HIV Primary Care Physician & Founder of Just Equity for Health
A board-certified practicing HIV primary care physician and public health practitioner, Dr. Stella Safo is dedicated to ensuring everyone has access to the best healthcare. As a Black woman practicing medicine, Dr. Stella Safo knows firsthand that systemic inequities are baked into healthcare delivery. That’s why redesigning our healthcare system to ensure that everyone has access to the best care is her life’s passion. She believes that now is the time to call attention to and to work hard to address those inequities. Read More >
Coronavirus Vaccine: Patients Most Concerned are African American and Latino | Yahoo
On COVID-19 Third Vaccine
Is it possible to create a healthcare system where equity is embedded into everything it does? Unequivocally yes, says Dr. Stella Safo. In this keynote, the HIV Primary Care Physician and Founder of Just Equity for Health shares how health inequities impact patient care and an organization’s mission. And why health equity, with its current diversity, equity and inclusion focus, is bound to fail in corporate and healthcare settings if it does not include patients at the design table. Using examples in gender and racial equity, Dr. Safo explores how we can move from theoretical discussions of implementing equitable care to actual, real-world experiences that positively impact patient lives.
Corporations that have cultures of diversity, equity and inclusion are thriving. When everyone is included and all voices are heard, there are higher rates of engagement, productivity and innovation. And yet, many leaders have never gone past the talking stage when it comes to implementing DEI programs at their companies. Using examples of gender and racial equity, Dr. Stella Safo, HIV Primary Care Physician and Founder of Just Equity for Health, explores how we can move from theoretical discussions to implementing antiracism and gender equity-based programs and operations.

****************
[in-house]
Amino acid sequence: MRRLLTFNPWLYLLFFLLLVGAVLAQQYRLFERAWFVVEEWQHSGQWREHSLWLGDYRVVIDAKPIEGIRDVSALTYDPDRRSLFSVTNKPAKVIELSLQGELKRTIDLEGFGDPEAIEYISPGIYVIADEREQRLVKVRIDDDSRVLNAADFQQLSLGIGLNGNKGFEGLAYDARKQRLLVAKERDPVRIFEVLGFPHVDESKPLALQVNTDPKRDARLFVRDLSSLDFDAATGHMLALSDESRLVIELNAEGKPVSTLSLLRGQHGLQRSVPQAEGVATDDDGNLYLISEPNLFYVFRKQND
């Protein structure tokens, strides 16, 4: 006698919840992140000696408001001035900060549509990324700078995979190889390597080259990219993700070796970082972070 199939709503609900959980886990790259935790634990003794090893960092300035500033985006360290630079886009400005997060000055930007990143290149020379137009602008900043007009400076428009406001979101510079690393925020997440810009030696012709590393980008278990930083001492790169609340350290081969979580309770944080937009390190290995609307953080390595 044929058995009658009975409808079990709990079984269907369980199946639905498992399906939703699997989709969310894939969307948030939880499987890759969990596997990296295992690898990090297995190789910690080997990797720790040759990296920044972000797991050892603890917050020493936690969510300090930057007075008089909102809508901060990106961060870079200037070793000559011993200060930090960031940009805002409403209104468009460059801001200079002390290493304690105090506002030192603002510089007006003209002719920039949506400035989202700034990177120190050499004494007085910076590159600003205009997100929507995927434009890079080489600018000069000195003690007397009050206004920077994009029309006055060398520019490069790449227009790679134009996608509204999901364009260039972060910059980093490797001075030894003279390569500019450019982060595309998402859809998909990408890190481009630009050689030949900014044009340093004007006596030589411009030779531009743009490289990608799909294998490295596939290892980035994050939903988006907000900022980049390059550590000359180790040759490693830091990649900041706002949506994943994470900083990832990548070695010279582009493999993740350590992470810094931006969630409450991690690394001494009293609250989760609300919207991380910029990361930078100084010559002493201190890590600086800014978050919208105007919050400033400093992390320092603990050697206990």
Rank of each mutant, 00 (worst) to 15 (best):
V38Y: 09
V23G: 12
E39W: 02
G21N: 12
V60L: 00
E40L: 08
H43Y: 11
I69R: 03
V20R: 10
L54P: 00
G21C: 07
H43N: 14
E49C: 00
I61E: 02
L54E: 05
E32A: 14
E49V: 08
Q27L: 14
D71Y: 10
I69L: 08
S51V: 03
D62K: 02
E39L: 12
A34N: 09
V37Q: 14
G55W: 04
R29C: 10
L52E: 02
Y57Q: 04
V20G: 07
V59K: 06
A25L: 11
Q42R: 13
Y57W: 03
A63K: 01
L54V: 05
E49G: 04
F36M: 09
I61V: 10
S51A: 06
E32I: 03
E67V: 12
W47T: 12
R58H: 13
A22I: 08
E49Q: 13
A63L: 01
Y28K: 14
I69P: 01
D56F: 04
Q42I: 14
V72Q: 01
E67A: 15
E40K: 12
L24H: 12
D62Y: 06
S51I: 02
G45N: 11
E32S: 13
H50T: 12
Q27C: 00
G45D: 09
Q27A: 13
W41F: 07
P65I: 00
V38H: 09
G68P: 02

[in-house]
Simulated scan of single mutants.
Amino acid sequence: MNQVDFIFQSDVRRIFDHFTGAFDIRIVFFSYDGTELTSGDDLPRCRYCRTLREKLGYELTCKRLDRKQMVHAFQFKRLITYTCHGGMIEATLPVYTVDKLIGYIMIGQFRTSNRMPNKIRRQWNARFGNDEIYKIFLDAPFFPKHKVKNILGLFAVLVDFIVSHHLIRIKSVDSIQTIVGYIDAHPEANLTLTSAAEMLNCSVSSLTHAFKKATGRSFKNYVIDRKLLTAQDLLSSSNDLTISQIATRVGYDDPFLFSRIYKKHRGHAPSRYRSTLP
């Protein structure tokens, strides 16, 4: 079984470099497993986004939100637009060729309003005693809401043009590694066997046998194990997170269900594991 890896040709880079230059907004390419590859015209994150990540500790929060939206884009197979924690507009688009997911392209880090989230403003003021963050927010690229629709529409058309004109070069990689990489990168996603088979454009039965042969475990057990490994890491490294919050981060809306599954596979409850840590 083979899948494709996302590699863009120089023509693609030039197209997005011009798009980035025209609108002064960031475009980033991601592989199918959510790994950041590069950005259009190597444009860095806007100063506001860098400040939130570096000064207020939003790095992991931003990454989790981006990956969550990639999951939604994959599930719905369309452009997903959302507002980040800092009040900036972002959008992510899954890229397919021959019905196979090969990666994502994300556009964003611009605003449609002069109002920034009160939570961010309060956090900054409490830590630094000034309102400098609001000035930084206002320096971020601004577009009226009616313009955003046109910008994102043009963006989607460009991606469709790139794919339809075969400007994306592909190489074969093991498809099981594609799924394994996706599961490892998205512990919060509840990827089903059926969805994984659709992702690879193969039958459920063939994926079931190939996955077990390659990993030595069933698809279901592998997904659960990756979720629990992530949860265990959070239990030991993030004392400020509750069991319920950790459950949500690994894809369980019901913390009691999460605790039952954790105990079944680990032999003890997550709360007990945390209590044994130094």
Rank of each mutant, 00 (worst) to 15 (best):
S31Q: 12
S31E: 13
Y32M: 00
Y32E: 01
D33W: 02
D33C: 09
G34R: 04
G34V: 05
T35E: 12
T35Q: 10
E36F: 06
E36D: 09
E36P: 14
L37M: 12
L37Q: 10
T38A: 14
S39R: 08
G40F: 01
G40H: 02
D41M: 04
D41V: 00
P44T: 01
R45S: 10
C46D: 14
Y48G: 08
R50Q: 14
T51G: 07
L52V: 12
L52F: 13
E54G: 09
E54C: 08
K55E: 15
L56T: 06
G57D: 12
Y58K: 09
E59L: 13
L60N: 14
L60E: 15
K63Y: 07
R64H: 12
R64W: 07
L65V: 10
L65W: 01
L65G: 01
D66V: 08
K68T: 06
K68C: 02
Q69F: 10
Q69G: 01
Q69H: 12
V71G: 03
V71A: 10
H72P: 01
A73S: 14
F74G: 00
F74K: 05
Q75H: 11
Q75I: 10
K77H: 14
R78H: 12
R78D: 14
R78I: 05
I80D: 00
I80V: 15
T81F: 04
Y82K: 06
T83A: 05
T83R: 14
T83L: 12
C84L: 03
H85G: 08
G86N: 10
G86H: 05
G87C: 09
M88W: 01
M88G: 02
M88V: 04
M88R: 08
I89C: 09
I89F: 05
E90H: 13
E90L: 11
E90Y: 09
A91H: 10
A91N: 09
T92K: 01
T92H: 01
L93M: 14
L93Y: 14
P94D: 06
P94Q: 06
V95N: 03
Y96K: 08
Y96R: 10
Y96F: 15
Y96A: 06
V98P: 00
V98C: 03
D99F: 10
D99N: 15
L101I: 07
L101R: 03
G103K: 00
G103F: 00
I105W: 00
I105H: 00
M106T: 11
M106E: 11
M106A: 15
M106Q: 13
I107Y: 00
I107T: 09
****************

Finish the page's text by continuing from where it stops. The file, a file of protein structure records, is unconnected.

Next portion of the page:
Sharing her own story of growing up in West Africa to receiving her medical degree from Harvard Medical School and a public health master’s with a focus on global health at the Harvard School of Public Health Harvard college, Dr. Stella Safo discusses how individual stories and lived experiences can galvanize populations to make necessary changes, including using trusted messengers in public health campaigns. She also discusses the case study of advocating for gender equity within New York City, which resulted in changing of local law. This talk can also be tailored toward students to show how the power of their voices can help change the world, too.
Physician and healthcare worker burnout has been a growing problem for the last two decades, from years of disempowerment and making healthcare more businesslike. But since the pandemic, the rate of physical and mental exhaustion has hit crisis levels, with many healthcare workers leaving their jobs and rates of depression and anxiety going through the roof. This not only affects the doctors, nurses and other staff but also is detrimental to patient care, especially for the most vulnerable. So, what’s the solution? In this keynote, Dr. Stella Safo, HIV Primary Care Physician and Founder of Just Equity for Health, discusses how one tool can reduce burnout rates—becoming an advocate for change. By helping change or build systems and improve conditions for staff and patients, burnout will decrease and physicians will be able to concentrate on what matters the most—helping the sick. Dr. Safo will show you how to get started and the most efficient ways to make a difference in the workplace and for your patients.
Before Covid-19, HIV/AIDS was an epidemic most people were not equipped to handle and one that deeply impacted societal views of sexuality and partnership among historically marginalized populations. But through the years of managing it, we’ve learned a lot. In this talk, Dr. Stella Safo shares the lessons HIV/AIDS has taught us—helping hard-to-reach populations, preventing provider burnout and advocating for local and national legislation to protect populations—and will evaluate how we can mold these lessons to navigate the current Covid-19 pandemic. She also discusses how these lessons learned will impact rebuilding healthcare after the pandemic is over.
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